Armenian Prime Minister Nikol Pashinyan has sent a letter to Russian President Vladimir Putin with "detailed information" on the conflict in Nagorno-Karabakh, Armenia's foreign ministry reports.
It is noted that Pashinyan wrote of the alleged deployment of "foreign terrorists from the Middle East" and their participation in Nagorno-Karabakh hostilities.
"The prime minister appealed to the President of the Russian Federation to hold immediate consultations in order to determine the type and amount of assistance that the Russian Federation is able to provide to the Republic of Armenia to ensure its security, based on the allied relations between Armenia and Russia and Article 2 of the Treaty on Friendship, Cooperation and Mutual Assistance of August 29, 1997," the statement says.
Russia on Saturday, October 30, responded to Armenia's appeal.
"According to the Agreement, Russia will provide Yerevan all the assistance required if hostilities shift directly to the Armenian territory," the Russian foreign ministry said in a statement.
Baku has not yet published an official response to the rival's move. However, on the evening of October 30, the country announced that the Azerbaijani army destroyed the Osa anti-aircraft missile system, used by Armenian forces, in the Aghdam direction of the front line.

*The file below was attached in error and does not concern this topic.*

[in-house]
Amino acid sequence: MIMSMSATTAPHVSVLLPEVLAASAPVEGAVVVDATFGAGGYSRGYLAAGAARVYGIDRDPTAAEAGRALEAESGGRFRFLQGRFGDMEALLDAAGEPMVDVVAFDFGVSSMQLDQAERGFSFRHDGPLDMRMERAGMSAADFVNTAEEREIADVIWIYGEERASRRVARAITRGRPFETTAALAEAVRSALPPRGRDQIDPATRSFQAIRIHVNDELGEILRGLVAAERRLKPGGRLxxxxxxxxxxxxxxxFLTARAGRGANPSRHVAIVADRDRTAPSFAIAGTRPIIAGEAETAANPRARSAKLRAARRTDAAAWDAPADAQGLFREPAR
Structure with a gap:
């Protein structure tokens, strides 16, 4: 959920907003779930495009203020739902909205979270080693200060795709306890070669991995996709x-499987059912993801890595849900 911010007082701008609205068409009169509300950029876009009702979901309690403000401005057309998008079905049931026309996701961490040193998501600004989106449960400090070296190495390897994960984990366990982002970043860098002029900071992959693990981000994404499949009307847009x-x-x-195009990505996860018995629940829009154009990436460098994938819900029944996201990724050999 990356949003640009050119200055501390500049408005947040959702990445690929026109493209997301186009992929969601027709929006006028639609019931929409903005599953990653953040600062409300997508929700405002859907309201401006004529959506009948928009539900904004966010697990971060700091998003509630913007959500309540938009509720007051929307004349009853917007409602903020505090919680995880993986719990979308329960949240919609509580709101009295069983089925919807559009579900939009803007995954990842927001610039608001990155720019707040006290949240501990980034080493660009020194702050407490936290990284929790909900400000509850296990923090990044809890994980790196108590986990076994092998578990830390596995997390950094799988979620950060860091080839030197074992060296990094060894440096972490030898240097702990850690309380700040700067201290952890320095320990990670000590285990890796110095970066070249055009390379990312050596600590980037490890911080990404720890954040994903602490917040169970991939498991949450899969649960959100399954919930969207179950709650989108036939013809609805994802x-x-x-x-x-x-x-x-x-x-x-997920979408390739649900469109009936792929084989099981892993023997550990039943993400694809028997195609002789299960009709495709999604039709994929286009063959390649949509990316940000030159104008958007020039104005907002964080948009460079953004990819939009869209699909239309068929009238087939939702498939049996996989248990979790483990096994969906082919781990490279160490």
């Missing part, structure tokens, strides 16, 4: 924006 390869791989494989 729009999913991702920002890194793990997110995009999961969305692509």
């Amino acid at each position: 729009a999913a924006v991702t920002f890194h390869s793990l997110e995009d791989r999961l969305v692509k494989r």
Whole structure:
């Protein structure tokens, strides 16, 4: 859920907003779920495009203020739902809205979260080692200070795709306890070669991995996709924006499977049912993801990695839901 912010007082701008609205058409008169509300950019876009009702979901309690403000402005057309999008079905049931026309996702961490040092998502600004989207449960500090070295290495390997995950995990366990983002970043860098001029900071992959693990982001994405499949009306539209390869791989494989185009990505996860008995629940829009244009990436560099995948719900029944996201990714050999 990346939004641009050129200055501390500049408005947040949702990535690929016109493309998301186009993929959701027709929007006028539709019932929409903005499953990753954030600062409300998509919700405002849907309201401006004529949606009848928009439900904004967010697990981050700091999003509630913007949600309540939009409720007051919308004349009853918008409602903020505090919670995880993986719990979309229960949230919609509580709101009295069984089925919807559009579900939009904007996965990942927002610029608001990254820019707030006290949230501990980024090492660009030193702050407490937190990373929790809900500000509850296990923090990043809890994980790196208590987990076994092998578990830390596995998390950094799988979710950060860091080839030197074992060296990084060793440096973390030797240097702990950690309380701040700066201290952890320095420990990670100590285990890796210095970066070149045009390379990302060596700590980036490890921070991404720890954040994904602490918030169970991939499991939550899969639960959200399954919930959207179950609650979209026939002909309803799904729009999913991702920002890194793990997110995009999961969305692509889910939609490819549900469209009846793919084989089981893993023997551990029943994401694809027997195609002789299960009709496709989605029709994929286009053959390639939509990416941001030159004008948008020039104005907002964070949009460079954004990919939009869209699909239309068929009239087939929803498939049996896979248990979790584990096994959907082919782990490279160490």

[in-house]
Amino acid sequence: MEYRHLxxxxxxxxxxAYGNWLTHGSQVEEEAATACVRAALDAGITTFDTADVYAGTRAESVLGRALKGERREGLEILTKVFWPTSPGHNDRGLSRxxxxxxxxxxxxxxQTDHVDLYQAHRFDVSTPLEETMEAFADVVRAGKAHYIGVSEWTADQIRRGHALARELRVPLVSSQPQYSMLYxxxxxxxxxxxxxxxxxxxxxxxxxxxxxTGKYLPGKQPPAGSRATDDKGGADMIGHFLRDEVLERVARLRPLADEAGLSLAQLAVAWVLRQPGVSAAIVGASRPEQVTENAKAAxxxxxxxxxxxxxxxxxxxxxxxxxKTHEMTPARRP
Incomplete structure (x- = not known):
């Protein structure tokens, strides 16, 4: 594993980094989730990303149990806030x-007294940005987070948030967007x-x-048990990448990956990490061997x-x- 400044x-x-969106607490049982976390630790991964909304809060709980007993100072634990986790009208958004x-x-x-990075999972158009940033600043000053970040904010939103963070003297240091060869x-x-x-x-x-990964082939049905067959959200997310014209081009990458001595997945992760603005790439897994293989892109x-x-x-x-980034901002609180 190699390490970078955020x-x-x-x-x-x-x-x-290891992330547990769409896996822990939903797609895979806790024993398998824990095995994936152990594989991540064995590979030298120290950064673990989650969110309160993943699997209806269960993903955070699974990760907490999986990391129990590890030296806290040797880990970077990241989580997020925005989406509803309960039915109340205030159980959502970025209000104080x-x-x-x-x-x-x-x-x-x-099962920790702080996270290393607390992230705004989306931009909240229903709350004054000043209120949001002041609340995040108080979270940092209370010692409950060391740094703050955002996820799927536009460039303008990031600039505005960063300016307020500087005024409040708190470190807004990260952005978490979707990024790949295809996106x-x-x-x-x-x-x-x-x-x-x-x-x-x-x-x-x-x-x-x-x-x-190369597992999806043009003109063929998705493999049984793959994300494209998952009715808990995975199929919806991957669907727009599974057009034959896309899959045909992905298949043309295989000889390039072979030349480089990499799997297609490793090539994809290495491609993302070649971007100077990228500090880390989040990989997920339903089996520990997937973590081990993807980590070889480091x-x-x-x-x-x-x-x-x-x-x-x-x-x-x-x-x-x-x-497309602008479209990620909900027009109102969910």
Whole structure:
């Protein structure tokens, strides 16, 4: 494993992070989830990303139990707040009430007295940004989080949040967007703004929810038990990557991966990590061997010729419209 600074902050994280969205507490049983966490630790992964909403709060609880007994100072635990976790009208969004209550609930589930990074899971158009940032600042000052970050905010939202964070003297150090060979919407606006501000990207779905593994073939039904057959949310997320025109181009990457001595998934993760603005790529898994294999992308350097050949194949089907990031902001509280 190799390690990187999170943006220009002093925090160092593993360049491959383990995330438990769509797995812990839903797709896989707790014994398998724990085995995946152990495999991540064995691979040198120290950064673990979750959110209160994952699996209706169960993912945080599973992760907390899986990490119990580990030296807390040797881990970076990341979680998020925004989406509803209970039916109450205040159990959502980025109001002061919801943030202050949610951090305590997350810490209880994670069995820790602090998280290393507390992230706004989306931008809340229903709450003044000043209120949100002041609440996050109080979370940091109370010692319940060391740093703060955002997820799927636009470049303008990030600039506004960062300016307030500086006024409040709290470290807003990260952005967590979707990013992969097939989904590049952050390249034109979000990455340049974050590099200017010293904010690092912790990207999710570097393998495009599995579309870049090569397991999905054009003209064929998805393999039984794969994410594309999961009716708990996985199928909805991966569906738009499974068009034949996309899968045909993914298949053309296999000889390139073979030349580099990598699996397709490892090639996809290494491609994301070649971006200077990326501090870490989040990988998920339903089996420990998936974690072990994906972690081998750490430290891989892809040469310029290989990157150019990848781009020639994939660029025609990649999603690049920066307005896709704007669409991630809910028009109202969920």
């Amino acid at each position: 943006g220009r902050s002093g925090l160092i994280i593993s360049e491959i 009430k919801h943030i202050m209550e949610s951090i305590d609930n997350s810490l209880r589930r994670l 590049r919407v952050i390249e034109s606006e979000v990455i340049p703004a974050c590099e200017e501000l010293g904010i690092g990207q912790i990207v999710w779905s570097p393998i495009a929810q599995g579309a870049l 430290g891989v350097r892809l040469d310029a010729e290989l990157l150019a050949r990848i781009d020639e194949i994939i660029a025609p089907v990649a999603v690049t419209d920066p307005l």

Read also"Extreme concern" in EU over extended fighting in Nagorno-KarabakhThe day before, the top diplomats of Azerbaijan and Armenia agreed on further steps to resolve the conflict in Nagorno-Karabakh. After six hours of talks, the parties decided not to open fire at the civilian population in the region.
Prior to that, multiple ceasefire agreements were immediately breached once concluded, with both sides trading accusations of violations.
Nagorno-Karabakh conflict: Background
On September 27, fighting resumed between Armenia and Azerbaijan in the disputed Nagorno-Karabakh region. Both countries blamed each other for shelling as a result of which they suffered casualties.
Armenia and the unrecognized Nagorno-Karabakh Republic declared martial law and general mobilization.
Azerbaijan, in turn, introduced martial law on September 28. Partial mobilization was announced in that country.
Ukrainian Foreign Minister Dmytro Kuleba has said Ukraine consistently supports the territorial integrity of Azerbaijan.
The UN Security Council has called on Armenia and Azerbaijan to immediately stop fighting.
Nagorno-Karabakh war: History
The conflict between Azerbaijan and Armenia over the Nagorno-Karabakh region began in 1988, when the predominantly Armenian-populated Nagorno-Karabakh Autonomous Oblast announced its withdrawal from the Azerbaijan Soviet Socialist Republic.
In 1991-1994, the bloodshed conflict continued in the region, which ended with the signing of a ceasefire protocol. Nagorno-Karabakh proclaimed itself an independent "republic." Azerbaijan did not recognize this, considering the territory to have been occupied by Armenia.